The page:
On a month-to-month basis, home prices are pulling back a bit, but that’s not necessarily bad news for the housing market since prices in many regions have been shooting up faster than household incomes.
“Pending sales have leveled off since mid–summer, with buyers being bounded by rising prices and few available and affordable properties within their budget.”
Verizon and AT&T, the biggest wireless carriers, haven’t jumped into this price war — at least not yet.
That price shatters the previous record for any single-family home in Miami — $47 million paid by an unnamed Russian buyer for an Indian Creek mansion in 2012.
Now comes the latest salvo in the iPhone 6s price/leasing wars as T-Mobile offers $5 a month with JUMP! On Demand for the iPhone 6s, with an iPhone 6 trade-in.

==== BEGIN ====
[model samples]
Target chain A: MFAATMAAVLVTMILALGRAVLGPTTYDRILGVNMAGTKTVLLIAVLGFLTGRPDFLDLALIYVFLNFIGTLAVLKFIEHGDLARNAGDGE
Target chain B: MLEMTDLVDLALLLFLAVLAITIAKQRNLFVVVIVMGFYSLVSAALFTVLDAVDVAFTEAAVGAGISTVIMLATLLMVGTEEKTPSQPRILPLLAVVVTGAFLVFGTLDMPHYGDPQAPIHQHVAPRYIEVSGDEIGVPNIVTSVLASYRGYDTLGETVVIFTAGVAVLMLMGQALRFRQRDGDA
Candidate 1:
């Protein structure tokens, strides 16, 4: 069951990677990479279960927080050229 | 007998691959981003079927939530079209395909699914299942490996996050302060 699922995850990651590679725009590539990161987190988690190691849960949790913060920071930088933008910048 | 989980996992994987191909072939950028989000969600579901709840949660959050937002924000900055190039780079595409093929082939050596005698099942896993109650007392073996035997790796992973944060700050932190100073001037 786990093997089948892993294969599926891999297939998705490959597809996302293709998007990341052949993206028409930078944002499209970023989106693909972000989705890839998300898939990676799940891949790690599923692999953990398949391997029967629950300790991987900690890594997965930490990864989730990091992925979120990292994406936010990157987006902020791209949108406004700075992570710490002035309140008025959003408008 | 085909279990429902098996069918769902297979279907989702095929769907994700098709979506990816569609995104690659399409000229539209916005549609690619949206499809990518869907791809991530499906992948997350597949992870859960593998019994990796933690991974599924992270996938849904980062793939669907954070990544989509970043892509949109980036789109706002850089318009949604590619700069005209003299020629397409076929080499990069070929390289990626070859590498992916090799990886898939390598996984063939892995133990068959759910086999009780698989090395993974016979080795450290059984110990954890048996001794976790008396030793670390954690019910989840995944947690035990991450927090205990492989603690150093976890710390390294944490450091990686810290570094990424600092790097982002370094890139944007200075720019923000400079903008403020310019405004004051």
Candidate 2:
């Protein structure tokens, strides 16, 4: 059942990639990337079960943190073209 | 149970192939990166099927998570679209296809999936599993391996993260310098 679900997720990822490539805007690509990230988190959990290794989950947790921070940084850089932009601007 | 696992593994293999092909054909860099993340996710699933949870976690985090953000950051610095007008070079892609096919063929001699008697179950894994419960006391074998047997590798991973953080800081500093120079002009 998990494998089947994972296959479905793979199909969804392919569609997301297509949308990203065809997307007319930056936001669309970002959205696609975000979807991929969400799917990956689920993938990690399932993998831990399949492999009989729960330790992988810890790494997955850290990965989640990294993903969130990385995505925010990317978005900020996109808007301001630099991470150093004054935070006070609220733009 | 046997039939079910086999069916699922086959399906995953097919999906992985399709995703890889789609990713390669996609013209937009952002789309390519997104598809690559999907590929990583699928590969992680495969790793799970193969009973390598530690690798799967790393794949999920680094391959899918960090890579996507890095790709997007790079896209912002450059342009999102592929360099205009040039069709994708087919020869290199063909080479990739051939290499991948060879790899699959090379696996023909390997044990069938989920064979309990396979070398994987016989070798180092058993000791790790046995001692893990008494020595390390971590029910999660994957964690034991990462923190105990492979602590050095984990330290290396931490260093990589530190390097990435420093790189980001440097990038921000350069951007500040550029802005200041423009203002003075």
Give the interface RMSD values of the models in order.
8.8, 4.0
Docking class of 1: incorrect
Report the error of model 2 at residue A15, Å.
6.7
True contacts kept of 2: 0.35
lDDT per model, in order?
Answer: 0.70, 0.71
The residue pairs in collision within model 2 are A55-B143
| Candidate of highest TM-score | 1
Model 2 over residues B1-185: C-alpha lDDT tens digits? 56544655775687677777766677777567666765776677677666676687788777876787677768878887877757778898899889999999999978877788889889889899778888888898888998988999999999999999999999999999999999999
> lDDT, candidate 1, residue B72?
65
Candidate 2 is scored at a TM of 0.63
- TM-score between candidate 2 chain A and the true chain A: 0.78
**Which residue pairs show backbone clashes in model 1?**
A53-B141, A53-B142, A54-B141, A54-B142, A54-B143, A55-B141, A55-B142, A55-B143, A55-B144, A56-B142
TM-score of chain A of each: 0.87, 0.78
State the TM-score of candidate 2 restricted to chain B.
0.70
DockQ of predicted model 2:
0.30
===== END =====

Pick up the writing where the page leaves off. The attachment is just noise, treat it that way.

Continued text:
Since 2005, premiums have grown an average of 5 percent each year, compared to 11 percent annually between 1999 and 2005.
Limited availability of homes on the market is making it difficult for some prospective home buyers to take advantage of low interest rates and downsize — or upsize — after a recovery in property values.
Consumers should do the math to see if leasing an iPhone, or any high-quality smartphone, is the best financial option for their household.
About 5.4 million homes, or 10.9 percent of all U.S. residential properties with a mortgage, were still in negative equity at the end of the second quarter of 2015, meaning that these mortgage borrowers owes more on a home than it is worth.
Trading customers of online brokerages couldn’t place buy orders when the Dow plunged 1,000 points on Aug. 24, and they are letting the likes of Scottrade, TD Ameritrade, and E-trade know how displeased they are over losing out on big stock gains when the market rebounded.